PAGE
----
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Why Oil Prices Fell in the Face of “Supply Shock”

“Crude should be at the forefront of a …”

by Bob Stokes
Updated: January 11, 2023

Looking back on 2022, one of the biggest fears about oil was that prices would skyrocket even more than they did due to a disruption in supply from Russia.

Of course, Russia has been a major world supplier of oil but after Russia invaded Ukraine, many global financial institutions refused to back transactions involving Russian oil.

So, back in March of 2022, we had this headline from a major financial website (CNBC, March 4):

Oil market heads for 'biggest supply crisis in decades' with Russia's exports set to fall, IEA says

Conventional wisdom says that a disruption in supply, let alone the biggest in decades, would lead to soaring oil prices.

However, at the time that March headline published, NYMEX crude oil was trading around $115 a barrel -- and prices have been in a downtrend for most of the time since, for almost a year now.

In December, even the New York Times had a hard time explaining the disconnect (Dec. 9):

Oil Prices Drop, Despite Heightened Sanctions on Russian Crude

So, what's going on?

Well, Elliott Wave International has studied the historic price patterns of oil and has concluded that investors cannot count on a relationship between prices and the oil market's "fundamentals."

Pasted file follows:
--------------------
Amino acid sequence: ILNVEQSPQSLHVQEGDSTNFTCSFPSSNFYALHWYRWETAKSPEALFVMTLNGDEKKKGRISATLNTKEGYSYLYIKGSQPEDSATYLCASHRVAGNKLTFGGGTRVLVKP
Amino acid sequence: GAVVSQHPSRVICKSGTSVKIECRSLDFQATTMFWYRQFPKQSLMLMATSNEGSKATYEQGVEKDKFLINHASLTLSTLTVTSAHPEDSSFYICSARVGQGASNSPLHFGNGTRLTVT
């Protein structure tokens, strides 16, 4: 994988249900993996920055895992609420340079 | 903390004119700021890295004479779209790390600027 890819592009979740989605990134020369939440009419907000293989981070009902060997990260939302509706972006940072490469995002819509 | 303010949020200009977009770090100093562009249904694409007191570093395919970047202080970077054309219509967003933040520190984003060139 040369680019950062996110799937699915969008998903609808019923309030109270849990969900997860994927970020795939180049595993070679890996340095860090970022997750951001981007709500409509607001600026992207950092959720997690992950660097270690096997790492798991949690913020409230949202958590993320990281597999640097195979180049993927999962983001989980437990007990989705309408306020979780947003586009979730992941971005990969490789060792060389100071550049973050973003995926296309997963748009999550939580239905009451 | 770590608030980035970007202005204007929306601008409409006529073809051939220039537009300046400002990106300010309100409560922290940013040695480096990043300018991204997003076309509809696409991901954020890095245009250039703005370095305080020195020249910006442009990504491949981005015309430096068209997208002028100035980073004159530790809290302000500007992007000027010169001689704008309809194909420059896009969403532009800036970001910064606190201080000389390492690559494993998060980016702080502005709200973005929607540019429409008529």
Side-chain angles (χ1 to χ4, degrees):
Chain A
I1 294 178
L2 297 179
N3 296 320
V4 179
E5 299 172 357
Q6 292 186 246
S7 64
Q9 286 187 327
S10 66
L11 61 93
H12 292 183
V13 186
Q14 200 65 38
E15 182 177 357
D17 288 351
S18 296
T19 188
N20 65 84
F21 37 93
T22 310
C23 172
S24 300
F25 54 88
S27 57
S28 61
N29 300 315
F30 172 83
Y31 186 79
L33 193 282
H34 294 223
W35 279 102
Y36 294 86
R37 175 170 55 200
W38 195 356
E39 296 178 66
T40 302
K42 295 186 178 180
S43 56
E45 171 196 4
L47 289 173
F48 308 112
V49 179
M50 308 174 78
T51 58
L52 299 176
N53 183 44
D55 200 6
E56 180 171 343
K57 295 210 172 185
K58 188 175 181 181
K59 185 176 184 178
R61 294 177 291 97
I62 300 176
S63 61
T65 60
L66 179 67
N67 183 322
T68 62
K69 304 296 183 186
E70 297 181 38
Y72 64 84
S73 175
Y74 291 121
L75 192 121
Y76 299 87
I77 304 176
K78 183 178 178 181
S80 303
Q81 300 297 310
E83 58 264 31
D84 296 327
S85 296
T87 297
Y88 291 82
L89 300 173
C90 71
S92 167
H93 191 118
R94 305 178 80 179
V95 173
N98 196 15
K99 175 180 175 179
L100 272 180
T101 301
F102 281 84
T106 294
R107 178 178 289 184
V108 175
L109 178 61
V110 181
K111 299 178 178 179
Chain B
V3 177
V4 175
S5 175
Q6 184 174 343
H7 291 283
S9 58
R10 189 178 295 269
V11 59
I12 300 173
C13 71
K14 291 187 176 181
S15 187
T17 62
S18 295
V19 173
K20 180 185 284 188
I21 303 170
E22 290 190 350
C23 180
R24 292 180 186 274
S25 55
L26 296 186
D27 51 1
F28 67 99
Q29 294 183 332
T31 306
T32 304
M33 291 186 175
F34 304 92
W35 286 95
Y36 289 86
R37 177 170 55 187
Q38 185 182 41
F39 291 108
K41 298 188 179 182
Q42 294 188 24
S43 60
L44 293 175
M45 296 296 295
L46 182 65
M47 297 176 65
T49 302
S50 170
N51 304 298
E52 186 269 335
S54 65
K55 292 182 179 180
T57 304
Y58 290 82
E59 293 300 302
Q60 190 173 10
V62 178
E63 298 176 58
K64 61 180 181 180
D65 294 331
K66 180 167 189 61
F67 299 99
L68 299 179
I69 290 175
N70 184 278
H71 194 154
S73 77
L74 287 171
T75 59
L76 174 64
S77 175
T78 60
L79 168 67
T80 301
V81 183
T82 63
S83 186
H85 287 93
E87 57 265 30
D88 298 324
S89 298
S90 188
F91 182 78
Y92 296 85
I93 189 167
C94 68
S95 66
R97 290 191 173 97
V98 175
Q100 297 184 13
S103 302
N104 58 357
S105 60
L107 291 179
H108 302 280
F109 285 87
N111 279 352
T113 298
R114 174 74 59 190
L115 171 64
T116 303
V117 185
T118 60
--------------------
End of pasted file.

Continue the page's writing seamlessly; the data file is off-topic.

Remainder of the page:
Indeed, Robert Prechter's Socionomic Theory of Finance provided historical analysis with this chart and commentary:

SupplyDemandImbalances

[The chart] shows the annual ratio between consumption and production worldwide... Take a look at the three shaded trends on the graph. The huge surge in the ratio between 1980 and 1982--the biggest rise on the chart--did not cause the price of oil to rise; rather, it fell, a lot. Nor did the large decline in the ratio between 2002 and 2005 cause the price of oil to fall; rather, it rose, a lot. And the rapid plunge in the ratio during 2009 did not cause the price of oil to fall; rather, it tripled. These extreme anomalies render the proposed causality spurious.

What Elliott Wave International has observed is that oil's price does tend to follow Elliott wave patterns. As you probably know, Elliott waves reflect the repetitive patterns of investor psychology, the primary driver of financial markets.

Using the Elliott wave model, our December Global Market Perspective stated:

Crude should be at the forefront of a... decline.

Indeed, as of this intraday writing on Jan. 9, NYMEX crude oil is trading lower than it was when the December Global Market Perspective published.

Now, the new January Global Market Perspective offers more insight into what you can expect for oil's future price path.

Learn what you need to know by following the link below.

Read the new Global Market Perspective FREE

January 16 – February 3

Dozens of markets around the globe are ending Elliott wave patterns right now. When they turn, they will make headlines.

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Starting on January 16, and every two days, we'll deliver to you a section of the latest issue of our Global Market Perspective.

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Don't miss it. And don't miss the edge it will give you. Follow the link to join in free below.

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